Fired EMS director says he’s ‘shocked, saddened’

Charleston County EMS Director Don Lundy was fired Monday, a little less than a month after self-publishing a book.

Charleston County’s chief paramedic was fired Monday in the wake of a self-published book that described some EMS employees as “life-sucking, energy-draining bags of annoying hell.”

Don Lundy has served as the county’s EMS director since 2000 but had been on paid administrative leave for the past two weeks. On July 4, he self-published “Paramedic of the Heart: True Stories of Lives Changed” on Amazon.com, according to a webpage for the book.

Lundy said he is bewildered about the reason given Monday for the termination, but he wouldn’t say what prompted the move. The county also has not specified why he was placed on leave or let go.

“I am shocked and saddened at the action taken today by the county,” Lundy said. “I have never spoken poorly about any of my current employees and the quote, taken out of context from my book, does not reflect either directly or indirectly on any of my team members.”

The 62-year-old said Charleston County EMS has a “tremendous group of professionals, who are awesome in every way.” He added that he has always spoken highly of them and will continue to do so.

“CCEMS has been nationally recognized as an outstanding department, and I stand with them as part of that team,” Lundy said.

The county “initiated the separation, which is effective immediately,” a Monday media release states. Lundy earned a salary of about $112,860.

The search for a replacement will begin soon, according to the county. Deputy Administrator of Community Services Christine DuRant will serve as interim director until the position is filled.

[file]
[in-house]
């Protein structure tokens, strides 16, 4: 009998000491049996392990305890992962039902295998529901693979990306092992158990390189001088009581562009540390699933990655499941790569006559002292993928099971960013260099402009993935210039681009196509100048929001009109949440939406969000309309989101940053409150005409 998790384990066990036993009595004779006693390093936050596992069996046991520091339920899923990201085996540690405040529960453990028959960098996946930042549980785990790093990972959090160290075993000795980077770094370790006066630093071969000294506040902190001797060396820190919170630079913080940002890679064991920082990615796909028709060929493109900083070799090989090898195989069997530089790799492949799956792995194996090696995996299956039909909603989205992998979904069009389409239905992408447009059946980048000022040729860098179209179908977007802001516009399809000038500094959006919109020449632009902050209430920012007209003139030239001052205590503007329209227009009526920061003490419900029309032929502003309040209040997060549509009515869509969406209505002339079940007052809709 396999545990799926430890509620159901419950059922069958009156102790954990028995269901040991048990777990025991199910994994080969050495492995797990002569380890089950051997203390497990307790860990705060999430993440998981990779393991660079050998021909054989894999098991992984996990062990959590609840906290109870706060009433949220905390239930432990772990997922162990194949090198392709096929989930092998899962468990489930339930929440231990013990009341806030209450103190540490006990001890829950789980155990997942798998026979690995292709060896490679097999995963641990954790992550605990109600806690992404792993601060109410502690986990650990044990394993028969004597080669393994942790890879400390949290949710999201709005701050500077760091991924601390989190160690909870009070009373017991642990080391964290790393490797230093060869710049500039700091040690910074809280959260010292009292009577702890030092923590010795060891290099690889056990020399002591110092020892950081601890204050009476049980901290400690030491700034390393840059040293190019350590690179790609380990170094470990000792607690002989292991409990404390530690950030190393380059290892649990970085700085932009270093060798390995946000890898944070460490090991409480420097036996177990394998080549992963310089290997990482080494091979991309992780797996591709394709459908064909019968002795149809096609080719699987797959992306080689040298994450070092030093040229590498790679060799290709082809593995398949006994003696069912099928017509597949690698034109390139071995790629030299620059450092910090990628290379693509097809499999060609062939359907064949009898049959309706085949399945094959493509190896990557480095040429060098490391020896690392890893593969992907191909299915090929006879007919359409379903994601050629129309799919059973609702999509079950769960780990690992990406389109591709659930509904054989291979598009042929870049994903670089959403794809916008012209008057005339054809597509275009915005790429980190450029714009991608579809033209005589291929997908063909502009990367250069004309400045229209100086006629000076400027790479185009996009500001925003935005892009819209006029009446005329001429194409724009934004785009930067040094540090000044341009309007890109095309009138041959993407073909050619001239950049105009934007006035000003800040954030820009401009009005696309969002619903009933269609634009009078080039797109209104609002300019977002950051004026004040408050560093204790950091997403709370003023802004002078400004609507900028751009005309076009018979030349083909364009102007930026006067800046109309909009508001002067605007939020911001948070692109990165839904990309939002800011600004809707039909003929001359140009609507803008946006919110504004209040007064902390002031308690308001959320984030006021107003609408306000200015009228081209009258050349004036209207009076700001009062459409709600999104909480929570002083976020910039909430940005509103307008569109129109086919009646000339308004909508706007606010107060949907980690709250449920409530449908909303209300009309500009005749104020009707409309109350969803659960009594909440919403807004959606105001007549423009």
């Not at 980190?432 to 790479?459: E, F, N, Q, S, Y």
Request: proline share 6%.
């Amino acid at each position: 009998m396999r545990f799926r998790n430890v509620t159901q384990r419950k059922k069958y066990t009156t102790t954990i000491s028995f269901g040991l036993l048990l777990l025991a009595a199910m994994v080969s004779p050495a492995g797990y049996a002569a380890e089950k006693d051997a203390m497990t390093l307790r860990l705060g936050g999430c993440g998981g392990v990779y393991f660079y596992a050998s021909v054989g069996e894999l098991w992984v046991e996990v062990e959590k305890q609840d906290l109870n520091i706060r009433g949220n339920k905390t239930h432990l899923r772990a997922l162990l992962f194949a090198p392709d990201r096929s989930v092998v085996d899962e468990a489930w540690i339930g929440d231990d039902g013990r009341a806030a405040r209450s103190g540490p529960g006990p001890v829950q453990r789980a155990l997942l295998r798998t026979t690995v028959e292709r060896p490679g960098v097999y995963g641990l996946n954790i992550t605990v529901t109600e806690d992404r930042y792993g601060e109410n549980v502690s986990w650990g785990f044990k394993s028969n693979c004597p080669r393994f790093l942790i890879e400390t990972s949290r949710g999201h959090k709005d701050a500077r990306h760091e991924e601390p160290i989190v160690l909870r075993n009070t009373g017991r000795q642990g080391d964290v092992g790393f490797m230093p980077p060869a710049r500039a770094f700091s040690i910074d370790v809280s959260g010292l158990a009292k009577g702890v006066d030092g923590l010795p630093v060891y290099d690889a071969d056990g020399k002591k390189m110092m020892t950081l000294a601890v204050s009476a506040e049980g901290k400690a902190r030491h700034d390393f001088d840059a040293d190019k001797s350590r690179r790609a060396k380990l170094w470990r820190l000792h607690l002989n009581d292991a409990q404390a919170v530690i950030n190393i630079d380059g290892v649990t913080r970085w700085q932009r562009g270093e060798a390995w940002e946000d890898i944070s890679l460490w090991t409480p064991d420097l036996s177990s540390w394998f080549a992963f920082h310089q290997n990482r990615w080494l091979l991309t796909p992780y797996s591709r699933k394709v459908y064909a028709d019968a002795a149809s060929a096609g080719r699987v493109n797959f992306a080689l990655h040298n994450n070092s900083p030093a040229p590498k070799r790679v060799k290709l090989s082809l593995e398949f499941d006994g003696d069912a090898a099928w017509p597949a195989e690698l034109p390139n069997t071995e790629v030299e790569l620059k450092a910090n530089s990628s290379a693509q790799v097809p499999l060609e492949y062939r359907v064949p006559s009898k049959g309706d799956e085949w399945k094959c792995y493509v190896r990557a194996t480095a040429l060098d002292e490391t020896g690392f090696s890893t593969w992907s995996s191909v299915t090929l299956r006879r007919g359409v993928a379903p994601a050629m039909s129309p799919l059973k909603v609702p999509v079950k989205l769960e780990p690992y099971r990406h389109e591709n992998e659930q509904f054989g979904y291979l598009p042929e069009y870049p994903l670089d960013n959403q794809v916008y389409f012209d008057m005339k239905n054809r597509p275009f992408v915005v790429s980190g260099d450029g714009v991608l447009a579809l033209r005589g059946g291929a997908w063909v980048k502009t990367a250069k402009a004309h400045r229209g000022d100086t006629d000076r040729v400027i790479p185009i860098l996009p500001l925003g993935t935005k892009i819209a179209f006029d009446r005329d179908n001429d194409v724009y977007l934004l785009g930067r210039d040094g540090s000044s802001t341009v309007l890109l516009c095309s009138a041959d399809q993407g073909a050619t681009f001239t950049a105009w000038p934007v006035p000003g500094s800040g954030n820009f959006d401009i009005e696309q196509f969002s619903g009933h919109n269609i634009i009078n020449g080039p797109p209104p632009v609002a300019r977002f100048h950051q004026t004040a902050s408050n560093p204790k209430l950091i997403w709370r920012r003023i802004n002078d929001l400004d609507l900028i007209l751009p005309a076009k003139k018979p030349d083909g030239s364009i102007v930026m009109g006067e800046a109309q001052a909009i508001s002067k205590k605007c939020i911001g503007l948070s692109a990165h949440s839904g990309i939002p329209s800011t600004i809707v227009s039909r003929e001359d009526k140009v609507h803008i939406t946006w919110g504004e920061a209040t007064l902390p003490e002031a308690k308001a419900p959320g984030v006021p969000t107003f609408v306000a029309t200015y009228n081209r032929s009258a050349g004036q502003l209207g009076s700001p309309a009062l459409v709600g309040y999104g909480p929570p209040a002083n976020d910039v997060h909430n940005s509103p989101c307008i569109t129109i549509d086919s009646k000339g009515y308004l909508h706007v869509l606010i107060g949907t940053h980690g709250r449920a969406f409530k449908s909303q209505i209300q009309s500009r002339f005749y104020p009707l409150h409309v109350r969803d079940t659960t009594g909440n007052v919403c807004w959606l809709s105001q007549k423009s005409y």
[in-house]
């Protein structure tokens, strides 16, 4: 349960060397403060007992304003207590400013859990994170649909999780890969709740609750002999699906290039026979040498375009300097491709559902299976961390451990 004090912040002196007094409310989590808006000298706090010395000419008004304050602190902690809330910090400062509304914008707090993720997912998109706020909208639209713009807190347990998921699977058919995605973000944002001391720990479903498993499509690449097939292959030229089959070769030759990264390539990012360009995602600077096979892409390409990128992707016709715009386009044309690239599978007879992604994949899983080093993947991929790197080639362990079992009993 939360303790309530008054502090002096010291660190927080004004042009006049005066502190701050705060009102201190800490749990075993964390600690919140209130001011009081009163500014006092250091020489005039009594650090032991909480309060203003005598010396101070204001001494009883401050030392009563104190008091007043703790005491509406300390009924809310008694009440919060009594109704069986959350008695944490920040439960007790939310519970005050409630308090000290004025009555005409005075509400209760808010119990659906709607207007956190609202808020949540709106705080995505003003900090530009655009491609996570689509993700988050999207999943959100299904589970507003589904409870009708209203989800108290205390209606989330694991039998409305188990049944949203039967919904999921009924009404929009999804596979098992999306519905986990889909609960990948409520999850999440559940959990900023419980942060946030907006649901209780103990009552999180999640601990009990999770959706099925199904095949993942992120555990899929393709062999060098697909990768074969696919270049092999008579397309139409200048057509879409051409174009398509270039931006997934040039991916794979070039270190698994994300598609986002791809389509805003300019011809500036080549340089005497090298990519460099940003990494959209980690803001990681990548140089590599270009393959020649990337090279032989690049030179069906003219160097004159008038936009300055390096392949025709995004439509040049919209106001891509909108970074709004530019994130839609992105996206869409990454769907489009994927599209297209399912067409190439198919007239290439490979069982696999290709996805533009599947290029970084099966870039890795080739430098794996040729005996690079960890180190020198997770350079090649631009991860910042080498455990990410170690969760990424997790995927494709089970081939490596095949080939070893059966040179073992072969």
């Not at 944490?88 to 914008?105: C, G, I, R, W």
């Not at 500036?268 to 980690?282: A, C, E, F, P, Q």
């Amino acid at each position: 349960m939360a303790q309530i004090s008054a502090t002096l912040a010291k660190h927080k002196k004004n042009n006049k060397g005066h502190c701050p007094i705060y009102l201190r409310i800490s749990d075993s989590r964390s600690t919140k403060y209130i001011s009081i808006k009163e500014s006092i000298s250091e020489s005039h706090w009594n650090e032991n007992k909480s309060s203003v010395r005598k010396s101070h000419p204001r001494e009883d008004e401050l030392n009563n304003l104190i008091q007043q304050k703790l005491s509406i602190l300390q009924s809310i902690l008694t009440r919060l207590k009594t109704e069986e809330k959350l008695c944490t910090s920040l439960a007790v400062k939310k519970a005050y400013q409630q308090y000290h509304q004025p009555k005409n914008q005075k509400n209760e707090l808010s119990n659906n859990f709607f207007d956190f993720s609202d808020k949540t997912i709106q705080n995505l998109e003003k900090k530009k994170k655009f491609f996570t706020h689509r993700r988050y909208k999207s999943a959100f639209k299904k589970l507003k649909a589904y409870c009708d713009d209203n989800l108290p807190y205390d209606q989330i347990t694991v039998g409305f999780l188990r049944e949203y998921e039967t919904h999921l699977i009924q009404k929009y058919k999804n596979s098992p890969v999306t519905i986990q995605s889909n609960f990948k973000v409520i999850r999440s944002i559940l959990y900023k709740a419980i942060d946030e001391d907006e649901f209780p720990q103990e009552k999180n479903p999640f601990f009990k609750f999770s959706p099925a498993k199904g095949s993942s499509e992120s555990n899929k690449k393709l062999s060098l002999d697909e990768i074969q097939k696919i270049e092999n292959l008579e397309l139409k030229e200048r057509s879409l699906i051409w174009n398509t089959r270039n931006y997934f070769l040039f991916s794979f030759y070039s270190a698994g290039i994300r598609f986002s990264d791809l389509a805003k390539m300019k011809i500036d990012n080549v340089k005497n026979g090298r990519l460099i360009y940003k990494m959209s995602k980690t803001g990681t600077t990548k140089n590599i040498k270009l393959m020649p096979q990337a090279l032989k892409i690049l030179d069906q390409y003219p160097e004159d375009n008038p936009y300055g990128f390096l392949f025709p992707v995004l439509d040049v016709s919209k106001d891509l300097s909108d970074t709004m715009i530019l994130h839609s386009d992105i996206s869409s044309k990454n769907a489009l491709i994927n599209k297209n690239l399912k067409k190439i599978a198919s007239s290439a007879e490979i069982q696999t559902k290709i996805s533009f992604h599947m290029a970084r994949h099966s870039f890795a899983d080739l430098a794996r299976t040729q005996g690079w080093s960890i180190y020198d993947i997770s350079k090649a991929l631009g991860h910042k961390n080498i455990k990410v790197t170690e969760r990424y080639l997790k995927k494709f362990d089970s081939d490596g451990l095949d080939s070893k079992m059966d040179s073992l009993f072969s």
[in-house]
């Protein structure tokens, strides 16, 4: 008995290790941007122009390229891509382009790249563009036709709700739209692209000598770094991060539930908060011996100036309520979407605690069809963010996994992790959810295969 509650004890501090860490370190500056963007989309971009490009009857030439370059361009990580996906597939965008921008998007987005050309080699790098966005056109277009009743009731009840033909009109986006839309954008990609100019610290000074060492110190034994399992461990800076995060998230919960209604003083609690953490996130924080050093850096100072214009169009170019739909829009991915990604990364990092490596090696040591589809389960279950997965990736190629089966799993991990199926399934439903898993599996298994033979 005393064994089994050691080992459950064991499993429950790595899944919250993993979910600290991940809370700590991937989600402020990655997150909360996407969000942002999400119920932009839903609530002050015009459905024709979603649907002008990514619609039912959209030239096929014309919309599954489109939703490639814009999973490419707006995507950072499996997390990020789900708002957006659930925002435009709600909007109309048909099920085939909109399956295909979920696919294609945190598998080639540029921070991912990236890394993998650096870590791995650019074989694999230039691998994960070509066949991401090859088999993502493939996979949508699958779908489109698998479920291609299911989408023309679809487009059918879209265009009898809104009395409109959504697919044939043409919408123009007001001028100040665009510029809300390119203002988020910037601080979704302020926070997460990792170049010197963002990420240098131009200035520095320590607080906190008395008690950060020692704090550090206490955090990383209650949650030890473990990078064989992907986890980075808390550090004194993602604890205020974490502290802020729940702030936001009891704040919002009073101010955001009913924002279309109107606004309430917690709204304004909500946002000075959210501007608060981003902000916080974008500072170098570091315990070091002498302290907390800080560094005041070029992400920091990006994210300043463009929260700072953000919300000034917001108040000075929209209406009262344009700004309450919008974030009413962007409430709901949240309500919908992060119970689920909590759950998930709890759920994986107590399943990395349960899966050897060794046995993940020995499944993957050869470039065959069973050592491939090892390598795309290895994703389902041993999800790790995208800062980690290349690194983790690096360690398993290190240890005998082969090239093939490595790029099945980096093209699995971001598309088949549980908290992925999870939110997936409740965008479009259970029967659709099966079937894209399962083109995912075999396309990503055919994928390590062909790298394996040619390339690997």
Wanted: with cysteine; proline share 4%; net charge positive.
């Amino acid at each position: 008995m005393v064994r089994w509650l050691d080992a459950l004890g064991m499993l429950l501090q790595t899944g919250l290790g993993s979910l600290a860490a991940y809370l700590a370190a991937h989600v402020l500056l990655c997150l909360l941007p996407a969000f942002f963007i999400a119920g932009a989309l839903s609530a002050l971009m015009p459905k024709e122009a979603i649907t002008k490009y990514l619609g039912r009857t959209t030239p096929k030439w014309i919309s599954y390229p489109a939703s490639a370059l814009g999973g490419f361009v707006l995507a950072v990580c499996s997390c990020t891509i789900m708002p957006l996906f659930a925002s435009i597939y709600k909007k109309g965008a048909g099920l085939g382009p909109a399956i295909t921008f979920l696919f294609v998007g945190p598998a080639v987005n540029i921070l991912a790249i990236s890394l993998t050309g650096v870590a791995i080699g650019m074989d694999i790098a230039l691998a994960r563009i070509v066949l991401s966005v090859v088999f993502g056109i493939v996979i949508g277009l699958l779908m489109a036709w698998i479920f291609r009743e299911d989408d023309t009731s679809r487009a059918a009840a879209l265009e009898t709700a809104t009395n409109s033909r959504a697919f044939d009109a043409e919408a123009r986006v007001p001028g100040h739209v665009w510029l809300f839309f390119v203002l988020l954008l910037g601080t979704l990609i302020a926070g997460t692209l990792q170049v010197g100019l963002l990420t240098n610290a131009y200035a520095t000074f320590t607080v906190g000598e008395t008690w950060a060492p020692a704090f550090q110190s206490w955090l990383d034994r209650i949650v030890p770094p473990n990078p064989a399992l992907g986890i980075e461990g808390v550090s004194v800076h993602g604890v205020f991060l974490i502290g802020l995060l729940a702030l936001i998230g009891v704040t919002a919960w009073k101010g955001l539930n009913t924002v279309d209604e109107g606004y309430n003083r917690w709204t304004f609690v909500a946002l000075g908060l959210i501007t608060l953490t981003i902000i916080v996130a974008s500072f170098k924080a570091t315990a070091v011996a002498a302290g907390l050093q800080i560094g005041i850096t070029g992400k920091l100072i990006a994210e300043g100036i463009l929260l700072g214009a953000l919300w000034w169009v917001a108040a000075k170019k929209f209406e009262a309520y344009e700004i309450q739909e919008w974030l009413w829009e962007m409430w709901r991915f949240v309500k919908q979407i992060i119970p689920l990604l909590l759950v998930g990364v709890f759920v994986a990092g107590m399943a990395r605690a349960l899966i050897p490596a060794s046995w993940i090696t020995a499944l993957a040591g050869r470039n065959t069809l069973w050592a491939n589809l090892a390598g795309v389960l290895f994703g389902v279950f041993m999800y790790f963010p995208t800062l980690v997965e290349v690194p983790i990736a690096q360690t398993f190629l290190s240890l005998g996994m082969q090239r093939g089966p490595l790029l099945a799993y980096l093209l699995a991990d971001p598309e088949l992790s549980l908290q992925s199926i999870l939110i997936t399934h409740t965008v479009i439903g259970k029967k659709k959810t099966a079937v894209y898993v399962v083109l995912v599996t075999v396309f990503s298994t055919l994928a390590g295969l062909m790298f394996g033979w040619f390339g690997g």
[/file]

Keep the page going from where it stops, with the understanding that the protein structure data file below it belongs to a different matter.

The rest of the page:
“In the meantime, measures are being taken to ensure EMS will continue providing the best service to our citizens,” said County Administrator Keith Bustraan.

The county has not publicly addressed Lundy’s book. When he was placed on paid administrative leave earlier this month, county spokesman Shawn Smetana would only say that it was temporary “while the county investigates an internal human resources matter.”

Available for download on Amazon’s Kindle tablets for $9.95 or in paperback for $17.96, Lundy’s 314-page book contains personal accounts from his “40 years of helping people at their lowest times” as a paramedic, the author said in his description. The biographical advice book also encourages readers to follow their dreams and “go do something fantastic.”

But a portion addresses the bad attitudes that Lundy noticed in what he first said were six employees at four different departments. The book goes on to mention specifics about only four workers, but they are not named.

He wrote of an overweight 40-something emergency medical technician who makes light of epilepsy patients suffering seizures, a worker who expresses contempt for authority, an overly emotional employee and a paramedic struggling with self-confidence shortcomings.

“They are life-sucking, energy-draining bags of annoying hell,” the author wrote. “And, for their own misgivings, everyone around them must suffer.”

Lundy has fought increased criticism from his employees since September, when the county converted the department’s remaining 24-hour shifts to 12 hours. Employees accustomed to the trade-offs for working longer days — more overtime pay and consecutive days off — grew unhappy, and they raised concerns that the change was affecting ambulance response times. One sent an anonymous email about it to local officials.

At least four of 170 employees quit because of the switch. The county hired more paramedics to make up for the change.

In an interview earlier this year, Lundy chalked up the complaints to employees with lingering resentment about the shift change.

He declined Monday to answer any questions about his future plans.

Reach Melissa Boughton at 937-5594 or at Twitter.com/mboughtonPC.